On January 4, the UK’s new National Security and Investment filing regime became fully operational. A wide range of deals will be scrutinized for national security concerns requiring further investigation. The UK government expects to review up to 1,800 cases annually – a dramatic contrast with the handful of deals reviewed on public interest grounds in the last 20 years.
To ensure a smooth pathway to closing a notifiable deal, it will be critically important for the parties to develop clear engagement strategies with the newly established Investment Security Unit (ISU) within the Department for Business, Energy & Industrial Strategy (BEIS). Key aspects of the NSI regime include:
- Mandatory notification: A filing will be required where there is an acquisition of a significant interest in a company carrying out activities in the UK in one or more of 17 sensitive sectors. Where a deal is subject to mandatory filing, parties must not take any steps to close the deal, pending clearance.
- 17 sensitive sectors: Transactions in the following strategically “sensitive sectors” will require notification: Civil Nuclear; Communications; Data Infrastructure; Defence; Energy; Transport; Artificial Intelligence; Autonomous Robotics; Computing Hardware; Cryptographic Authentication; Advanced Materials; Quantum Technologies; Engineering Biology; Critical Supplier to government; Critical Supplier to the Emergency Services; Military or Dual-Use Technologies; and Satellite and Space Technologies.
- Voluntary regime “call-in” risk: Notification is voluntary for potentially sensitive transactions in all other sectors, although the ISU will monitor the press and has the discretion to “call-in” deals for review. This call-in power is exercisable within five years of closing, at any time up to six months after the ISU becomes aware of the transaction. The ISU may also look back at any deals closed after 12 November 2020. The five-year time limit does not apply to any deals subject to the mandatory notification regime.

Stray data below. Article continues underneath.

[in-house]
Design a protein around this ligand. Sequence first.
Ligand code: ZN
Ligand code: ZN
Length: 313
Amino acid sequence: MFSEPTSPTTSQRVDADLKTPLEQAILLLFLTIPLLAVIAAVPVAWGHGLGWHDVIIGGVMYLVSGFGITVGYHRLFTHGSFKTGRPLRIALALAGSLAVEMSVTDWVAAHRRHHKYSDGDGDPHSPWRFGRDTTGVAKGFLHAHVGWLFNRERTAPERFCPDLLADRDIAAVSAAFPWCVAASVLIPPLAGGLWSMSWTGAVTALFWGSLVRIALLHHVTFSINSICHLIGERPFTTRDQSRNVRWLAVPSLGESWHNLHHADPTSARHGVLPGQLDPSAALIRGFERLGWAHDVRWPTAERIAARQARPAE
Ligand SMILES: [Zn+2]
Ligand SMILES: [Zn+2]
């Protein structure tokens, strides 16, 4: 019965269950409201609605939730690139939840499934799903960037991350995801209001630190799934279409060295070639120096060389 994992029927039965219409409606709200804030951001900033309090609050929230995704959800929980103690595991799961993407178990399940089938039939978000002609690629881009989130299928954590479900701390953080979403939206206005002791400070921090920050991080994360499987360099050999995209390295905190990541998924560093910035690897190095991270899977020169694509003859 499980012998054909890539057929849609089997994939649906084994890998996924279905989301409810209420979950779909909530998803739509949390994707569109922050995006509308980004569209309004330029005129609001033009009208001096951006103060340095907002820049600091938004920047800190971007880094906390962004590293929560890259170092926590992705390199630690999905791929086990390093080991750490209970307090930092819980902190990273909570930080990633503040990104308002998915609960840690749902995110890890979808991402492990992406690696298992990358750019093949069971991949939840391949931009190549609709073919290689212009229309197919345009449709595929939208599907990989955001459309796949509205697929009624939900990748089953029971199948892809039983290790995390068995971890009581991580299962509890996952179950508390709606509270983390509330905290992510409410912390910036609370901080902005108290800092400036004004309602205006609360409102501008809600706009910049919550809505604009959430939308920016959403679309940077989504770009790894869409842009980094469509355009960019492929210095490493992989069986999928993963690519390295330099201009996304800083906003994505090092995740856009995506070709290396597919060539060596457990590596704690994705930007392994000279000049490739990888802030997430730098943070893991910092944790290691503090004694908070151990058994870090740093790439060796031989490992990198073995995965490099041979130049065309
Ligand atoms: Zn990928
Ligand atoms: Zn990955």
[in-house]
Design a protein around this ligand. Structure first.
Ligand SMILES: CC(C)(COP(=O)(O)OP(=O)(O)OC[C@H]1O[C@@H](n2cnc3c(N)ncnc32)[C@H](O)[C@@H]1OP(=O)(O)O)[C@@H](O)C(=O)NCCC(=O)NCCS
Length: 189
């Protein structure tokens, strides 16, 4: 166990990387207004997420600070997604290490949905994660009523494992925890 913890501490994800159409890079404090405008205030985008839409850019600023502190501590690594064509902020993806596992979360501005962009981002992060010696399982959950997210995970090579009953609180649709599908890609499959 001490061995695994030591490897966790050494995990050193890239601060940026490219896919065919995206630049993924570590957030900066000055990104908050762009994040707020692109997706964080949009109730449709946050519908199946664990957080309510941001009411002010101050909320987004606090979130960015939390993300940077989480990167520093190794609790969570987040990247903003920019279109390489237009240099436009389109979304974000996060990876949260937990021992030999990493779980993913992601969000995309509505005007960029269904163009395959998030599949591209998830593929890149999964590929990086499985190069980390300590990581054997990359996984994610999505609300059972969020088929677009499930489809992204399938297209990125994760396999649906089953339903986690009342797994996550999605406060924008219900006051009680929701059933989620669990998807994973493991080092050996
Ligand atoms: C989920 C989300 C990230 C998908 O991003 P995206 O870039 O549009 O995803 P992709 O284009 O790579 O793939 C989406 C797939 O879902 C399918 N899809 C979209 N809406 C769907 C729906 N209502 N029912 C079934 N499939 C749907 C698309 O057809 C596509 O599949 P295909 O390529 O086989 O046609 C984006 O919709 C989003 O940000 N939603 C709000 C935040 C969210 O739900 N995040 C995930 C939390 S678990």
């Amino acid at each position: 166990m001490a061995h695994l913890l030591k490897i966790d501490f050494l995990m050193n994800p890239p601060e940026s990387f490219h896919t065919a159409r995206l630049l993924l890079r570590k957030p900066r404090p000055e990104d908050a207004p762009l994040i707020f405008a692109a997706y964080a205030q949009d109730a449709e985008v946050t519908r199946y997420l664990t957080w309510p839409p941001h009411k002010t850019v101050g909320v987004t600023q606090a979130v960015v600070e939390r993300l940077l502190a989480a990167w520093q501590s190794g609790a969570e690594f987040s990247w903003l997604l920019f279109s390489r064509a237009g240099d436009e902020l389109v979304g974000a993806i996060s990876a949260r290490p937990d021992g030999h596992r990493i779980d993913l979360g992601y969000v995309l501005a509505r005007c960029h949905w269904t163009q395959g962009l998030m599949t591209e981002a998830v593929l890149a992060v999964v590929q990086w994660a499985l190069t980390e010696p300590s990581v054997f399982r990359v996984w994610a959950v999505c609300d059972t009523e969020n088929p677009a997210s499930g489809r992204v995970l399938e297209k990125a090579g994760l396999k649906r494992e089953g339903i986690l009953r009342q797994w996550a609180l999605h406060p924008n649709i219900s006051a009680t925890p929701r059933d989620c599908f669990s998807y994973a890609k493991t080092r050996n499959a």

- Minority investments and stake building within scope: Any acquisition of “material influence” or 25%+ equity or voting rights is potentially notifiable. Notifications may also be required when an existing shareholder increases its stake above 50% or 75% ownership thresholds.
- Limited UK nexus required: There are no UK revenue or asset-based thresholds. The ISU will be able to assert jurisdiction even if the deal involves a non-UK target (as long as the target supplies goods or services to persons in the UK, or the target assets are used in connection with activities carried on in the UK).
- Intra-group deals are not exempt: A corporate restructure may trigger a filing requirement, even if the deal is intra-group, with no change to ultimate ownership.
- Review timelines: Most reviews will complete within 30 working days of formal notification. Where the Secretary of State issues a “call-in” notice, the government has a further 30 working days to complete the review, extendable by 45 working days and potentially longer where warranted.
- Powers to impose remedies: Clearance may be subject to conditions such as restrictions on access to sensitive data or limits on the amount of shares an investor is permitted to acquire. Ultimately, the government may prohibit the deal or, if already closed, require that it be unwound. The government estimates around 10 reviews a year will require some form of remedy.
- Potential sanctions: Non-compliance may result in fines of up to 5% of the annual global turnover of the acquirer or £10 million, whichever is greater, and up to five years’ imprisonment for responsible directors. Notifiable transactions that proceed without clearance will be legally void.
- Information sharing with other regulators: The NSI Act permits information sharing with other UK agencies, including the Competition and Markets Authority (CMA), and potentially with overseas regulators conducting parallel reviews.
The NSI regime adds to an already complex and rapidly evolving foreign direct investment (FDI) screening landscape globally. An increasing number of FDI regulators across the G20 have broad discretion to scrutinize a wide range of transactions. They will often cooperate closely with antitrust regulators conducting parallel reviews.
To navigate adverse timing and other execution risks posed by this increasingly complex regulatory landscape, deal teams should focus on potential FDI and competition merger control filing requirements in the UK and elsewhere at an early stage in deal planning. In this regard, BEIS has published a one page flowchart summary1 of the regime that includes links to the rules and guidance summarised above. Knowing and planning for these risks from the outset increases the chances that reviews can be avoided or, if notification is required, that its burdens can be minimized.
This post comes to us from Davis, Polk & Wardwell LLP. It is based on the firm’s memorandum, “New UK foreign investment review regime goes live,” dated January 4, 2022, and available here.